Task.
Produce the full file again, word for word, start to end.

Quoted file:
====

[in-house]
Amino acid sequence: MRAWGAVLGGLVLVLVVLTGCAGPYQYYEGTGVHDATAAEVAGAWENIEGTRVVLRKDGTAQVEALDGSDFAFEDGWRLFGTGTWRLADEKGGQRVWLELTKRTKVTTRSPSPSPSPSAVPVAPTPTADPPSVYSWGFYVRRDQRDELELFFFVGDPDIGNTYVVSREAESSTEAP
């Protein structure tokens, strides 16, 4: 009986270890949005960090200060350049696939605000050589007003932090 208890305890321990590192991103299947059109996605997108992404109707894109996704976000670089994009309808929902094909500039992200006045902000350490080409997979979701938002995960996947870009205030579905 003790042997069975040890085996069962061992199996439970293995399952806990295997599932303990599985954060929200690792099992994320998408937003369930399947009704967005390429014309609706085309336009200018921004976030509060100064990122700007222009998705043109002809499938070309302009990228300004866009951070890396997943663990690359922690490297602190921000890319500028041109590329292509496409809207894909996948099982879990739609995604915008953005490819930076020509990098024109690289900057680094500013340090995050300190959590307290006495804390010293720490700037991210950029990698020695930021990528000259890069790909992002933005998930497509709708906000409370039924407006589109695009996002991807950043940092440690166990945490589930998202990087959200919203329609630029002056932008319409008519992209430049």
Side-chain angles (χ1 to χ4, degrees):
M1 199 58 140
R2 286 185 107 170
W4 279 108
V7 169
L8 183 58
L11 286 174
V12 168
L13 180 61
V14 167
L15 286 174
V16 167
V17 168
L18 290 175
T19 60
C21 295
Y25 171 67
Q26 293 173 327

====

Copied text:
[in-house]
Amino acid sequence: MRAWGAVLGGLVLVLVVLTGCAGPYQYYEGTGVHDATAAEVAGAWENIEGTRVVLRKDGTAQVEALDGSDFAFEDGWRLFGTGTWRLADEKGGQRVWLELTKRTKVTTRSPSPSPSPSAVPVAPTPTADPPSVYSWGFYVRRDQRDELELFFFVGDPDIGNTYVVSREAESSTEAP
């Protein structure tokens, strides 16, 4: 009986270890949005960090200060350049696939605000050589007003932090 208890305890321990590192991103299947059109996605997108992404109707894109996704976000670089994009309808929902094909500039992200006045902000350490080409997979979701938002995960996947870009205030579905 003790042997069975040890085996069962061992199996439970293995399952806990295997599932303990599985954060929200690792099992994320998408937003369930399947009704967005390429014309609706085309336009200018921004976030509060100064990122700007222009998705043109002809499938070309302009990228300004866009951070890396997943663990690359922690490297602190921000890319500028041109590329292509496409809207894909996948099982879990739609995604915008953005490819930076020509990098024109690289900057680094500013340090995050300190959590307290006495804390010293720490700037991210950029990698020695930021990528000259890069790909992002933005998930497509709708906000409370039924407006589109695009996002991807950043940092440690166990945490589930998202990087959200919203329609630029002056932008319409008519992209430049």
Side-chain angles (χ1 to χ4, degrees):
M1 199 58 140
R2 286 185 107 170
W4 279 108
V7 169
L8 183 58
L11 286 174
V12 168
L13 180 61
V14 167
L15 286 174
V16 167
V17 168
L18 290 175
T19 60
C21 295
Y25 171 67
Q26 293 173 327